Monday, October 24, 2005


GOP Frontrunner...

For all his faults -- and goodness knows, there are many -- John McCain should be considered the current frontrunner for the '08 presidential nomination. This speech he delivered at the Al Smith dinner last Thursday shows why. Yes, he has a great speechwriter in Mark Salter, but the best speeches are a marriage of the wordsmith's talent with the biography and conviction of the person delivering them:

WE are free here to pursue our own interests with out regard to any cause more important than our own comfort, pleasure or self-promotion. We are a free people, and among our freedoms is the right not to sacrifice for our birthright. Yet those who claim their liberty — but not the duty to the civilization that ensures it — live a half-life, having indulged their self-interest at the cost of their self-respect.

Should we claim our rights and leave to others the duty that protects them, whatever we gain for ourselves will be of little lasting value. It will build no monuments to virtue, claim no honored place in the memory of posterity, offer no worthy summons to other nations.

Success, wealth, celebrity, gained and kept for private interest, is a small thing. It makes us comfortable, eases the hardships our children will bear, purchases a fleeting regard for our lives, yet not the self-respect that in the end matters most. But sacrifice for a cause greater than yourself, and you invest your life with the eminence of that cause, your self-respect assured.

Riayen Tejada was not a celebrated or wealthy man. He wasn't even — technically — a U.S. citizen. He was, however, a New Yorker. Born in the Dominican Republic, he emigrated here as a boy. He had two dreams, he said: to become a citizen and to serve in the United States Marine Corps. He accepted his duties to his new country before he possessed all the rights of an American citizen.

Staff Sgt. Tejada, the father of two young daughters, a proud New Yorker from Washington Heights who loved the Yankees almost as much as he loved his adopted country, died in an ambush in Baghdad on May 14, 2004. His grieving father hoped that "the United States will remember that my son died for this country." We do, Mr. Tejada. And shame on us if we ever forget.
McCain will forever confound a great number of Republicans who assess him on ideological grounds. However, he may be the only Republican candidate who can present his platform in the context of visionary ideals -- not ideological lists. McCain will have a broad message that could unite both the pro-Iraq War and war-skeptic parts of the Republican coalition. He has led the fight to demand congressional oversight and accountability in addressing the excess of that war -- Abu Ghraib, Guantanamo, detainees, etc.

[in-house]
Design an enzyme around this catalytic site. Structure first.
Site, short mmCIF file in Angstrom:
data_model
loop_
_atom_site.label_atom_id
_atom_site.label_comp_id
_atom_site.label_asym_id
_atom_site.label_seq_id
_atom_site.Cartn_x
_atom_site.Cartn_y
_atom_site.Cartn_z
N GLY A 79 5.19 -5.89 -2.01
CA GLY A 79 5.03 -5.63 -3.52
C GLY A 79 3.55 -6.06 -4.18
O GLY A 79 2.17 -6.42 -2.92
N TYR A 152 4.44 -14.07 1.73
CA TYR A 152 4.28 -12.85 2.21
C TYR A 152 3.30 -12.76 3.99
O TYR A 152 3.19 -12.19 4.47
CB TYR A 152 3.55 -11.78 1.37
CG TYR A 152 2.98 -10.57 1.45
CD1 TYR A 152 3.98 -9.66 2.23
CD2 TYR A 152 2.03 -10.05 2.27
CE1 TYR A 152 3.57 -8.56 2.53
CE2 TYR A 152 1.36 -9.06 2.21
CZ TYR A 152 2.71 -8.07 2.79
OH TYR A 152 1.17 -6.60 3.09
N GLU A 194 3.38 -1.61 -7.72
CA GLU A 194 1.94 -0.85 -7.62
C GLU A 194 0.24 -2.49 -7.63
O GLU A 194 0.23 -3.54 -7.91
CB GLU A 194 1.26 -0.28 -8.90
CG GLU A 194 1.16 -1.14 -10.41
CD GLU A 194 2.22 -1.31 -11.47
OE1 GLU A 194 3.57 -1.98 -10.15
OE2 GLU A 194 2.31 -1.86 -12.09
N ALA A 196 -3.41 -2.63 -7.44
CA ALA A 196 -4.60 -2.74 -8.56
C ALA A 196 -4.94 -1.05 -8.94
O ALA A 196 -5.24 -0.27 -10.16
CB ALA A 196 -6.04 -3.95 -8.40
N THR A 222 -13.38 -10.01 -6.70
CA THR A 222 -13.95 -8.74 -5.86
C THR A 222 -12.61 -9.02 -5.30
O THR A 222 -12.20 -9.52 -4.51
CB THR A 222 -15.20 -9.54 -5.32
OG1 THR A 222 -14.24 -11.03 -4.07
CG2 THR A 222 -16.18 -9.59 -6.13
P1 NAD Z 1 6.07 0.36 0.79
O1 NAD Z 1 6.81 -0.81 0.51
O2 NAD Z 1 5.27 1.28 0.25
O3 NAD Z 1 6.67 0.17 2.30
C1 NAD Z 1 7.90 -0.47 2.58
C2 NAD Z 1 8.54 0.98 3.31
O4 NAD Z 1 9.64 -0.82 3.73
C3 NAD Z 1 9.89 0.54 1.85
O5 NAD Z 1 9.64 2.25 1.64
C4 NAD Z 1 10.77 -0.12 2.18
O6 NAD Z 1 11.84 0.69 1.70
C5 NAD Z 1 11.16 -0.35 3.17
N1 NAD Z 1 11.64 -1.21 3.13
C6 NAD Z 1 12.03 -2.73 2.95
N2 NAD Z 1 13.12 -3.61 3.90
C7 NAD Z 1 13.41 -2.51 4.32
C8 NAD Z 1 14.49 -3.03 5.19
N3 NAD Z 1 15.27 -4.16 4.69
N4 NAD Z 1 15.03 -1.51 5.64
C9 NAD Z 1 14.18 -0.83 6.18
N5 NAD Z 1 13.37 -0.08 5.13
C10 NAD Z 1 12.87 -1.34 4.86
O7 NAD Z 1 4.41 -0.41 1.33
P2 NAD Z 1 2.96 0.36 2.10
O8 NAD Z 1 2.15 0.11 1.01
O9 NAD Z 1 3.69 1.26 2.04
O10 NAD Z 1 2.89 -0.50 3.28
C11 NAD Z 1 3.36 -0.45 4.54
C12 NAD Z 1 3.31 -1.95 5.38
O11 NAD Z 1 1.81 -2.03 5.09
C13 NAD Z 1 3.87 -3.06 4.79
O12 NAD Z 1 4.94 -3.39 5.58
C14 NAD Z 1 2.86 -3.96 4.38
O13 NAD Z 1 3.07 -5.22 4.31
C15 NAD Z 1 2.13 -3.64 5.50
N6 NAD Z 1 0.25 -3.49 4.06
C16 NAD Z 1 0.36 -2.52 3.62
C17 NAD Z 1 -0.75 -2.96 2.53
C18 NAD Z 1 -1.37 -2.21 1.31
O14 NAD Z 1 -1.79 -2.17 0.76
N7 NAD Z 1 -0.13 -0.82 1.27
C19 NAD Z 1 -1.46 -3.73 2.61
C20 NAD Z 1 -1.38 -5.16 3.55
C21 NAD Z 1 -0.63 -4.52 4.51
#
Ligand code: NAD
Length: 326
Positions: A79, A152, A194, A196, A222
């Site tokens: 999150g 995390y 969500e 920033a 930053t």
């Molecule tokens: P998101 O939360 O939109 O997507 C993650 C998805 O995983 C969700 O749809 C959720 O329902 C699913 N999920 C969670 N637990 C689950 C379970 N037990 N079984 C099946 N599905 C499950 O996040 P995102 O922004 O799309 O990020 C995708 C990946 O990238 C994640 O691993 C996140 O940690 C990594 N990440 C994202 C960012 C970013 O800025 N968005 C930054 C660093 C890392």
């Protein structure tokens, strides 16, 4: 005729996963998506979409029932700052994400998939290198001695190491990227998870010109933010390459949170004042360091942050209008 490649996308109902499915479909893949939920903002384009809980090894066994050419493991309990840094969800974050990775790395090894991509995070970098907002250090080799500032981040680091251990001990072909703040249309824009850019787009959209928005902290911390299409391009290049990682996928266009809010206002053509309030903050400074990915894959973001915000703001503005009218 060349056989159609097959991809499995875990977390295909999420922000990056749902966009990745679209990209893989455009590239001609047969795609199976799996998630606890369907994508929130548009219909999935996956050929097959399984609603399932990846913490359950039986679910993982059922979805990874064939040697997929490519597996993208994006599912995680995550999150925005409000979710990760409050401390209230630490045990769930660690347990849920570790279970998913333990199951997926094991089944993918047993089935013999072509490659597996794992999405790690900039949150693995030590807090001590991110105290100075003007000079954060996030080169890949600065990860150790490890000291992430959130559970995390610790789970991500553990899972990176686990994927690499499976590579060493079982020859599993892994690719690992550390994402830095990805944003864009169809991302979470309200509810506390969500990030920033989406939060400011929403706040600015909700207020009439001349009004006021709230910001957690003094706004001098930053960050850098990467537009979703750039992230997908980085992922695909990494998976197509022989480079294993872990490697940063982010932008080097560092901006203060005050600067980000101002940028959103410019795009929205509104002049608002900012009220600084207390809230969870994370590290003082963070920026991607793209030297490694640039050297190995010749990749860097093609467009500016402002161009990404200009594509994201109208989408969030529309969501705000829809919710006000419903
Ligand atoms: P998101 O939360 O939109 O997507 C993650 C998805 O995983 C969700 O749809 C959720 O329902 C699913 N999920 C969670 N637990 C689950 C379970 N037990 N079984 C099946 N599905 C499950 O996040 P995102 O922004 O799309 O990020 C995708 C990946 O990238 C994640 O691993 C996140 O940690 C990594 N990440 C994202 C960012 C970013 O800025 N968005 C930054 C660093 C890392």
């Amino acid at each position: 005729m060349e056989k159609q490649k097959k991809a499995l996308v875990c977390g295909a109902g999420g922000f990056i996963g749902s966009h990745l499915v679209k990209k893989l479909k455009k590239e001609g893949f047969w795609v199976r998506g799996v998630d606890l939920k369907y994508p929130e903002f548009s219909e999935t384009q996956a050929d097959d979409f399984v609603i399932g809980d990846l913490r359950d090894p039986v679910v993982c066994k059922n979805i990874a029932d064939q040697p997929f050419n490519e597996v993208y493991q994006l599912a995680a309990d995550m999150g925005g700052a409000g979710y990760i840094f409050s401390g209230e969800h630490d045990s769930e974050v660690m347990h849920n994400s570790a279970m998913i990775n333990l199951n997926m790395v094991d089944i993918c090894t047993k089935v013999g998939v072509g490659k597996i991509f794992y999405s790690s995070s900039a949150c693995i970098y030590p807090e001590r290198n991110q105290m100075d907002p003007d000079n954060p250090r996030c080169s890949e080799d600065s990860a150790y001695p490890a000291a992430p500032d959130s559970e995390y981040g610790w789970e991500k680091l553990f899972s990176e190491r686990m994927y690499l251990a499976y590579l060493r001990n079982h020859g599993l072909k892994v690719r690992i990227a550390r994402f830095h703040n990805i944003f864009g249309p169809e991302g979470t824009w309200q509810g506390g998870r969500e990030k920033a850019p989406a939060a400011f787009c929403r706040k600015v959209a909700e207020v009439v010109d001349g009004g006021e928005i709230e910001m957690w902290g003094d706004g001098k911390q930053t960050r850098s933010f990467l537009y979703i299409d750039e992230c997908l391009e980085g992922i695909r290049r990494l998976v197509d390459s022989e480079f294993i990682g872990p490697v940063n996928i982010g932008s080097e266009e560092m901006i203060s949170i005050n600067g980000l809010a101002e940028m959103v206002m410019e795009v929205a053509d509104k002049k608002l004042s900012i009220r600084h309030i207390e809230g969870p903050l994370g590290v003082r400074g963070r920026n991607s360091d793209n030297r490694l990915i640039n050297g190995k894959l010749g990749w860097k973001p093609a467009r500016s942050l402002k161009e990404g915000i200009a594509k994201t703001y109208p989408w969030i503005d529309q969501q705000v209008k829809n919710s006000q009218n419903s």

As the above passage shows, McCain can rhetorically connect the war to the historical ideals of shared American sacrifice in a way that the administration hasn't.

Domestically, his long-standing opposition to pork and deficits makes him the perfect person to be the voice of sound fiscal performance. And, of course, the cronyism of the Bush team makes McCain's good-government view perfectly apt for the times.

UPDATE: To disabuse me of the notion that McCain is the likely frontrunner, a DC Republican sends along an excerpt from the Beltway political tipsheet, The Hotline:
Green Tea Leaves
They can say whatever they want about '08. But new FEC numbers let us do what Mark Felt (fictitiously) told Bob Woodward to do during Watergate: Follow the money.-- The Q3 reports, out this week, strip away months of spin and give us a clear read on who's up, down, in and out of the early '08 money chase.--
Some quick notes:-- Kerry and HRC hold huge $$ leads, in money raised and [cash on hand]. But both spent lots as well (Kerry actually spent more than he raised this quarter).-- Bayh is raising like crazy (through his Senate [committee] and PAC). Biden and Feingold, not up in '06, are doing pretty well too.-- NONE of the GOPers are raising much, except Allen, who's in cycle. Next to him, Giuliani has the most CoH, but that's been true for awhile. Frist closed his Senate [committee] with zilch on hand. But his PAC has more than $1M, the largest sum of any would-be '08er.-- Dodd has $2M in the bank, but he did no fundraising this quarter.-- Also, notice how Tancredo ($104K) outraised Brownback ($41K), McCain ($38K), and Hagel ($13K) -- COMBINED for the quarter?

The Tancredo figure is interesting because he is the GOPer most to the right on the increasing hot-button issue of immigration. Money isn't the only electoral bellwhether, but it is an interesting sign on certain sentiments among the Republican grassroots. Make of it what you will.

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